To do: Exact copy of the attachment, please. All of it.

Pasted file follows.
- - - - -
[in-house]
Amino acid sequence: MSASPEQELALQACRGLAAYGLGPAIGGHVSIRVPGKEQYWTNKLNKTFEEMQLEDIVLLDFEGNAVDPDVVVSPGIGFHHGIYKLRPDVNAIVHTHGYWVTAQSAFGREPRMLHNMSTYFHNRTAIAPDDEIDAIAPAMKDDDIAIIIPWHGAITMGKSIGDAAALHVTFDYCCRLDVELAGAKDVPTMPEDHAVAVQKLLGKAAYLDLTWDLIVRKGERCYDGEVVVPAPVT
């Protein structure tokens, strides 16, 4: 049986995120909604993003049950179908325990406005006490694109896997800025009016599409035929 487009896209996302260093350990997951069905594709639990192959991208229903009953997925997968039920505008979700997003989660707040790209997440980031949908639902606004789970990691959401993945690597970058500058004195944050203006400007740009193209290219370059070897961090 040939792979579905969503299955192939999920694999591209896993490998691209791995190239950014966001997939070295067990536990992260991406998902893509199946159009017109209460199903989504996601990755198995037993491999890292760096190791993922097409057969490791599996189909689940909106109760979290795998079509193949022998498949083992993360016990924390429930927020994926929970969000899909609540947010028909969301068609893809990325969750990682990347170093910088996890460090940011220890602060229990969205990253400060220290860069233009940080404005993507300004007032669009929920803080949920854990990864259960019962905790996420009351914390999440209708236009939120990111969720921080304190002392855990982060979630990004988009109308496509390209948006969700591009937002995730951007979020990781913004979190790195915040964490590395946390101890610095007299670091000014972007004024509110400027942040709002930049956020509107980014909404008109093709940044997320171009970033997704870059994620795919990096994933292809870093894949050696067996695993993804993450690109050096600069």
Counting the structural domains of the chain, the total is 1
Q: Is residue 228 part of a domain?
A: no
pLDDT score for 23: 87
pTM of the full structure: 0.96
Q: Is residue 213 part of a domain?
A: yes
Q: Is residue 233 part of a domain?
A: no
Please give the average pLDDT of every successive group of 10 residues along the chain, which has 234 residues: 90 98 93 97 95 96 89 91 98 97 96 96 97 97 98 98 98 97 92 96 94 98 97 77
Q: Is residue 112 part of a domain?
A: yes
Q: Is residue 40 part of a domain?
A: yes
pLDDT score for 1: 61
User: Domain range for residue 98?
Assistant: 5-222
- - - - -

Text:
[in-house]
Amino acid sequence: MSASPEQELALQACRGLAAYGLGPAIGGHVSIRVPGKEQYWTNKLNKTFEEMQLEDIVLLDFEGNAVDPDVVVSPGIGFHHGIYKLRPDVNAIVHTHGYWVTAQSAFGREPRMLHNMSTYFHNRTAIAPDDEIDAIAPAMKDDDIAIIIPWHGAITMGKSIGDAAALHVTFDYCCRLDVELAGAKDVPTMPEDHAVAVQKLLGKAAYLDLTWDLIVRKGERCYDGEVVVPAPVT
């Protein structure tokens, strides 16, 4: 049986995120909604993003049950179908325990406005006490694109896997800025009016599409035929 487009896209996302260093350990997951069905594709639990192959991208229903009953997925997968039920505008979700997003989660707040790209997440980031949908639902606004789970990691959401993945690597970058500058004195944050203006400007740009193209290219370059070897961090 040939792979579905969503299955192939999920694999591209896993490998691209791995190239950014966001997939070295067990536990992260991406998902893509199946159009017109209460199903989504996601990755198995037993491999890292760096190791993922097409057969490791599996189909689940909106109760979290795998079509193949022998498949083992993360016990924390429930927020994926929970969000899909609540947010028909969301068609893809990325969750990682990347170093910088996890460090940011220890602060229990969205990253400060220290860069233009940080404005993507300004007032669009929920803080949920854990990864259960019962905790996420009351914390999440209708236009939120990111969720921080304190002392855990982060979630990004988009109308496509390209948006969700591009937002995730951007979020990781913004979190790195915040964490590395946390101890610095007299670091000014972007004024509110400027942040709002930049956020509107980014909404008109093709940044997320171009970033997704870059994620795919990096994933292809870093894949050696067996695993993804993450690109050096600069």
Counting the structural domains of the chain, the total is 1
Q: Is residue 228 part of a domain?
A: no
pLDDT score for 23: 87
pTM of the full structure: 0.96
Q: Is residue 213 part of a domain?
A: yes
Q: Is residue 233 part of a domain?
A: no
Please give the average pLDDT of every successive group of 10 residues along the chain, which has 234 residues: 90 98 93 97 95 96 89 91 98 97 96 96 97 97 98 98 98 97 92 96 94 98 97 77
Q: Is residue 112 part of a domain?
A: yes
Q: Is residue 40 part of a domain?
A: yes
pLDDT score for 1: 61
User: Domain range for residue 98?
Assistant: 5-222